A lack of palliative care provision for people with motor neurone disease (MND) following diagnosis can cause emotional distress and, in extreme cases, lead to people experiencing suicidal thoughts, new research shows.
The research review, conducted by the University of York concludes that palliative care is commonly restricted to the last few days of life, despite MND being a terminal illness. The research which was undertaken in conjunction with St Leonard’s Hospice, also indicates that early access to palliative care would enhance emotional support for patients and their unpaid carers.
The research – co-funded by charity Marie Curie and the MND Association – highlights the experiences of many people with MND who reflect on the issues they have experienced through the course of their illness, including suicidal thoughts following diagnosis.
Professor Kate Flemming, from the Department of Health Sciences, said: “To imagine that some people feel so unsupported after a diagnosis of MND that their distress may extend to suicidal thoughts is heart-breaking. It is a really hard time and this review shows that more needs to be done earlier to support people and make sure they get all the care that they and their loved ones need.
“For some people there is still a sense of ‘there is nothing more we can do for you’ around palliative care, however this is far from the truth. Palliative care is care tailored to the individual, leading to more empowered decision-making and improved management of symptoms, be they physical or emotional.”
Throughout the review, early integration of palliative care was shown to improve people’s ability to adopt coping strategies during the continuous sense of loss and uncertainty they felt, alongside bouts of low mood that extend across their whole experience with the disease.
Samantha Bolsher whose husband, David, died of MND in 2014, assisted with the research by commenting on her own experience as his carer.
She said: “I think having palliative support earlier would definitely make coping with MND easier. In our case it wasn’t driven through any of the caregivers until it really needed to be, and with this disease and the speed at which it progresses, you are always having to play catchup.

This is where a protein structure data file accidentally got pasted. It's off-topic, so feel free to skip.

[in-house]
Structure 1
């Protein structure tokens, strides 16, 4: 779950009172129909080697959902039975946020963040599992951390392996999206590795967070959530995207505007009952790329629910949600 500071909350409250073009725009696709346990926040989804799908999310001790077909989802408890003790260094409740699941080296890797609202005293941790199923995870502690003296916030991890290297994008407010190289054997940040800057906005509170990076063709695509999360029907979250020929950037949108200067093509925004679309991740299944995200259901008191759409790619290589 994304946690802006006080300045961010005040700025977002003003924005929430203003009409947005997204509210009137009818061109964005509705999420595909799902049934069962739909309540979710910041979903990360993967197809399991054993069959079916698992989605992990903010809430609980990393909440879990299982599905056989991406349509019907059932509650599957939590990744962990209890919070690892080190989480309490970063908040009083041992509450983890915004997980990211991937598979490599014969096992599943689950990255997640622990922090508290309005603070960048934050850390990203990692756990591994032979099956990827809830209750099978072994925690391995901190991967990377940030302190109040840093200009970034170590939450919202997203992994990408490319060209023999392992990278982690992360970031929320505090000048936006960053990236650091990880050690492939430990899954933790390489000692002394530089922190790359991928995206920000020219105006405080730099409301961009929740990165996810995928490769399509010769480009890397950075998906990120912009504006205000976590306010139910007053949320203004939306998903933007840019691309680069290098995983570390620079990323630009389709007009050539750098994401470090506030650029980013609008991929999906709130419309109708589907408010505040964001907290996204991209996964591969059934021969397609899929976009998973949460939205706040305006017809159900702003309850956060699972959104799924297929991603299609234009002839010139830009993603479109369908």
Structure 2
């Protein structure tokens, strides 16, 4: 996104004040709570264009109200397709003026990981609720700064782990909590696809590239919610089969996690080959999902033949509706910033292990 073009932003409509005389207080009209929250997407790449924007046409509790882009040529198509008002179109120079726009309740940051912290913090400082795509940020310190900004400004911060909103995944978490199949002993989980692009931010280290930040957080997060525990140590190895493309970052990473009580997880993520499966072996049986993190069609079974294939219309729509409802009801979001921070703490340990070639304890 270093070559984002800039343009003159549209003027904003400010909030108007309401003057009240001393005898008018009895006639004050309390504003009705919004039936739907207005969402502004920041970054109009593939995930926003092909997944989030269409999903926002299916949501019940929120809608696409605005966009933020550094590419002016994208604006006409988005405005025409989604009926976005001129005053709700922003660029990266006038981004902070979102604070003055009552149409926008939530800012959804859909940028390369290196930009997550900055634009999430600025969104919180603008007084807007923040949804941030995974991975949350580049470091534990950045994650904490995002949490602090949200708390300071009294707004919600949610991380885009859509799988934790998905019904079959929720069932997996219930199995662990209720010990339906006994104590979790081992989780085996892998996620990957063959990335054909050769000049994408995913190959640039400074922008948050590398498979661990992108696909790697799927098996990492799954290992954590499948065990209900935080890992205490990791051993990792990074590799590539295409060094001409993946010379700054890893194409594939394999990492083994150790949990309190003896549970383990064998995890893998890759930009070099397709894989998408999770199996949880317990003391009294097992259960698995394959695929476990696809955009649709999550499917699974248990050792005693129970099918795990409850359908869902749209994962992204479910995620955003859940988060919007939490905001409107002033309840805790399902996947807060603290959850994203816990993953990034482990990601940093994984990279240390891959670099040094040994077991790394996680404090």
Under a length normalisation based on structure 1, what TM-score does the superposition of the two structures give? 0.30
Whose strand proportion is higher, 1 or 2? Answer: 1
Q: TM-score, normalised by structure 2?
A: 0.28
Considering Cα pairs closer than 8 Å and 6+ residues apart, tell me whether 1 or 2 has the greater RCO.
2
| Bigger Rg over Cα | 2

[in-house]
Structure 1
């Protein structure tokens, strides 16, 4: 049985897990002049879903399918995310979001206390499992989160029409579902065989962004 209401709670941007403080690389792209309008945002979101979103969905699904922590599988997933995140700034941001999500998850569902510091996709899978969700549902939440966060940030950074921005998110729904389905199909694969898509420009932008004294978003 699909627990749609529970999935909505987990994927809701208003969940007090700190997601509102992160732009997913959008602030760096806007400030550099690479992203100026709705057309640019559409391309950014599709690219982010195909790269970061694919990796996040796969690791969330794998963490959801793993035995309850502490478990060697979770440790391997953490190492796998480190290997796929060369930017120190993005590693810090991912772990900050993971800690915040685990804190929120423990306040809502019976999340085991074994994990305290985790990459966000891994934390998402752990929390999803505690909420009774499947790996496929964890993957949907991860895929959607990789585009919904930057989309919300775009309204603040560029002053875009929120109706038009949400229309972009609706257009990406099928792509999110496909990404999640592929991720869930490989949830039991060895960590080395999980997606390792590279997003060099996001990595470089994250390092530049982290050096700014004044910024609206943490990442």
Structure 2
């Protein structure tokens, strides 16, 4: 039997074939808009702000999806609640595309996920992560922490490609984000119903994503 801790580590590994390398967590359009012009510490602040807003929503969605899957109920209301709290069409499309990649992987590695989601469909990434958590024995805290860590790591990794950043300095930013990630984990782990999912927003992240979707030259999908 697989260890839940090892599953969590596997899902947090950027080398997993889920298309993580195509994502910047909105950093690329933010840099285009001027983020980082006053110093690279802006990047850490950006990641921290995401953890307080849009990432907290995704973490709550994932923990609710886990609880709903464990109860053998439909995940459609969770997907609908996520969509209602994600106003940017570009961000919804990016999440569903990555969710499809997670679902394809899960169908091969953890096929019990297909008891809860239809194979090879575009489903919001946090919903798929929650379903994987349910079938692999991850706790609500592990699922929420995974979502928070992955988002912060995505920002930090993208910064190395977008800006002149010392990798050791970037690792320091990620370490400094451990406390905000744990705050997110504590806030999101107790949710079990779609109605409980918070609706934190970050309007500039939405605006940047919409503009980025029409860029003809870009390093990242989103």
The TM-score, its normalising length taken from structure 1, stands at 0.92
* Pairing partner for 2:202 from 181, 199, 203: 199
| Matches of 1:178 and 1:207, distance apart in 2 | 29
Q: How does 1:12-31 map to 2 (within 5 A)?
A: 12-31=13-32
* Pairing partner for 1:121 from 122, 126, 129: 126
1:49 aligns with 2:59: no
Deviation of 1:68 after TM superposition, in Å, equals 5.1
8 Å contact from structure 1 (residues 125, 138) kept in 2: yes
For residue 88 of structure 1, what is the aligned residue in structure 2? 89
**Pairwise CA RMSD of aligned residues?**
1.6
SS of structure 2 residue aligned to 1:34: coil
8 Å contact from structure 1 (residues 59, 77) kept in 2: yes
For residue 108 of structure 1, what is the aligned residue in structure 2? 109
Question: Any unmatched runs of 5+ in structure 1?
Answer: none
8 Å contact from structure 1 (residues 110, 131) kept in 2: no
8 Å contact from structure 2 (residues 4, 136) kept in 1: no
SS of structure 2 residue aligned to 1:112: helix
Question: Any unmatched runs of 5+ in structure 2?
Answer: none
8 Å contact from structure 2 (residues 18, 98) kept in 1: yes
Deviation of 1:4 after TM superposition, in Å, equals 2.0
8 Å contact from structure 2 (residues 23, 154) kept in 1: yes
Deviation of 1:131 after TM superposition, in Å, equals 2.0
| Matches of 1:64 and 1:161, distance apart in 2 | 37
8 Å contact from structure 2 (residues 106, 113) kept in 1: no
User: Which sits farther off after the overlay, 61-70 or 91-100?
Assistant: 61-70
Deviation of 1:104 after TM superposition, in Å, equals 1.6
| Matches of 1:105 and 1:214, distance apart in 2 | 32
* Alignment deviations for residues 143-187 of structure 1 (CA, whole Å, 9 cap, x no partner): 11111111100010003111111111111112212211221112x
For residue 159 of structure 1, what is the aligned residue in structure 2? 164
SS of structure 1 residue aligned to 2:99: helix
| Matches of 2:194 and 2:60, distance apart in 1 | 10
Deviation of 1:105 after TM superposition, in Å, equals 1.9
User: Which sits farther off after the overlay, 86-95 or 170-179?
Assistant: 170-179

“I think if we’d started talking about things earlier, we perhaps could have got our heads around what we were facing a little quicker.
“If this disease is treated the same as other terminal diseases and people can have access to palliative care at an appropriate time, it would give both the patient and their family valuable decision-making time. That was so important to David. When you are told that nothing more can be done and that the person you love is going to die you both want to have some say and control over how things are going to happen.”
Dr Brian Dickie, Director of Research, MND Association, said:
“MND is a disease of low prevalence, but high need. This comprehensive review, covering studies from several countries around the world carried out over two decades, drills down into the real world of the many challenges faced by individuals and their families following a diagnosis of this devastating disease.”
“Given the speed at which MND can progress, care must not only be timely, to support the physical and psychological changes through the disease course, but ideally also anticipates the needs of people in advance, to avoid a crisis from occurring.
The findings of this review will serve as an important benchmark to help drive further improvements in care and support.“
Dr Adrian Tookman, Medical Director at Marie Curie Hospice, Hampstead said: “Many people I meet in my clinics, who have MND, have articulated the same feelings of a lack of control, fear around the progression of their disease and in the most extreme cases, suicidal thoughts. Thankfully the team at the hospice can help people move forward with a greater feeling of control but this is dependent on timely referrals to the right specialists.”
University of York